Bestride our dowN-FALL’n birthdom.] The old copies have down-fall. * You may DESERVE] The folios read discerne, which Theobald corrected : still the construction is defective, and we might read “ 'tis wisdom,” &c.

A good and virtuous nature may recoil,
In an imperial charge. But I shall crave your pardon:
That which you are, my thoughts cannot transpose;
Angels are bright still, though the brightest fell :
Though all things foul would wear the brows of grace,

must still look so. Macd.

I have lost my hopes.
Mal. Perchance, even there, where I did find my doubts.
Why in that rawness left you wife, and child,
Those precious motives, those strong knots of love,
Without leave-taking ?-I pray you,
Let not my jealousies be your

But mine own safeties : you may be rightly just,
Whatever I shall think.

Bleed, bleed, poor country !
Great tyranny, lay thou thy basis sure,
For goodness dares not check thee! wear thou thy wrongs;
The title is affeer'd' !-Fare thee well, lord :
I would not be the villain that thou think'st,
For the whole space that's in the tyrant's grasp,
And the rich East to boot..

Be not offended :
I speak not as in absolute fear of you.
I think our country sinks beneath the yoke;
It weeps, it bleeds; and each new day a gash
Is added to her wounds: I think, withal,
There would be hands uplifted in my right;
And here, from gracious England, have I offer
Of goodly thousands; but, for all this, [Showing a paper.
When I shall tread upon the tyrant's head,
Or wear it on my sword, yet my poor country
Shall have more vices than it had before,
More suffer, and more sundry ways than ever,
By him that shall succeed.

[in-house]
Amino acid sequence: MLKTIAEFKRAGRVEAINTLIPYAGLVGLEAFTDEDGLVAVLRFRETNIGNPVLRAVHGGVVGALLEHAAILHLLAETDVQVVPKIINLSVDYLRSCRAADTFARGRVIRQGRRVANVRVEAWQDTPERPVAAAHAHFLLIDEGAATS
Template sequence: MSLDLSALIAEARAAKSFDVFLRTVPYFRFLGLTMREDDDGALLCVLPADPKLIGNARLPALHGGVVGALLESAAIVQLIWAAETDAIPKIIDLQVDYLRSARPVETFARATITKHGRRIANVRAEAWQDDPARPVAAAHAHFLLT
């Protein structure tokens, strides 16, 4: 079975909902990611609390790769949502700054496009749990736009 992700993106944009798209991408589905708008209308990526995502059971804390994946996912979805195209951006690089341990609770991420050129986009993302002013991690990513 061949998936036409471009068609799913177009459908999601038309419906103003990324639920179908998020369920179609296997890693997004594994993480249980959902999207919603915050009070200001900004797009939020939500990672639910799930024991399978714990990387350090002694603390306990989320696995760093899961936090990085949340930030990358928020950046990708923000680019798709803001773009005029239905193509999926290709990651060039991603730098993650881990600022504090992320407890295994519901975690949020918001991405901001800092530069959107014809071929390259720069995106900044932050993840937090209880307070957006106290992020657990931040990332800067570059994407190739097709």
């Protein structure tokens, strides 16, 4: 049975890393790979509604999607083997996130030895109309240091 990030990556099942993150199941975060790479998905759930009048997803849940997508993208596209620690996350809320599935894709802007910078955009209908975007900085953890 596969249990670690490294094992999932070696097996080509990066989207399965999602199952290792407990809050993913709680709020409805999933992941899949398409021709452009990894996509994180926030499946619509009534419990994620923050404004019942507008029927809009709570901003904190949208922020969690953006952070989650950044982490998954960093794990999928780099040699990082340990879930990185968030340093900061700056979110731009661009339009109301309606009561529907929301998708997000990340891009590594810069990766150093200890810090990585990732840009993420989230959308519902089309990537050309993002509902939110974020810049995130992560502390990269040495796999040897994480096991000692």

What should he be ?
Mal. It is myself I mean; in whom I know
All the particulars of vice so grafted,

7 The title is AFFEER'D!] The old copies spell the law term, “affeer'd," affeared. To affeer, in the proceedings of manor courts, is to confirm ; and the meaning of the whole passage is,—"Great tyranny, be thou confident, for goodness dares not oppose thee: do what wrong thou wilt, thy title is confirmed.” Perhaps we ought also to substitute Thy for “The," although the change is not made in the corr. fo. 1632.

That, when they shall be open'd', black Macbeth
Will seem as pure as snow; and the poor state
Esteem him as a lamb, being compar'd
With my confineless harms.

Not in the legions
Of horrid hell can come a devil more damn'd
In evils to top Macbeth.

I grant him bloody,
Luxurious, avaricious, false, deceitful,
Sudden, malicious, smacking of every sin
That has a name; but there's no bottom, none,
In my voluptuousness : your wives, your daughters,
Your matrons, and your maids, could not fill up
The cistern of my lust; and my desire
All continent impediments would o'er-bear,
That did oppose my will. Better Macbeth,
Than such a one to reign.

Boundless intemperance
In nature is a tyranny: it hath been
Th' untimely emptying of the happy throne,
And fall of many kings. But fear not yet
To take upon you what is your's : you may
Enjoy your pleasures in a spacious plenty',
And yet seem cold, the time you may so hoodwink.
We have willing dames enough; there cannot be
That vulture in you to devour so many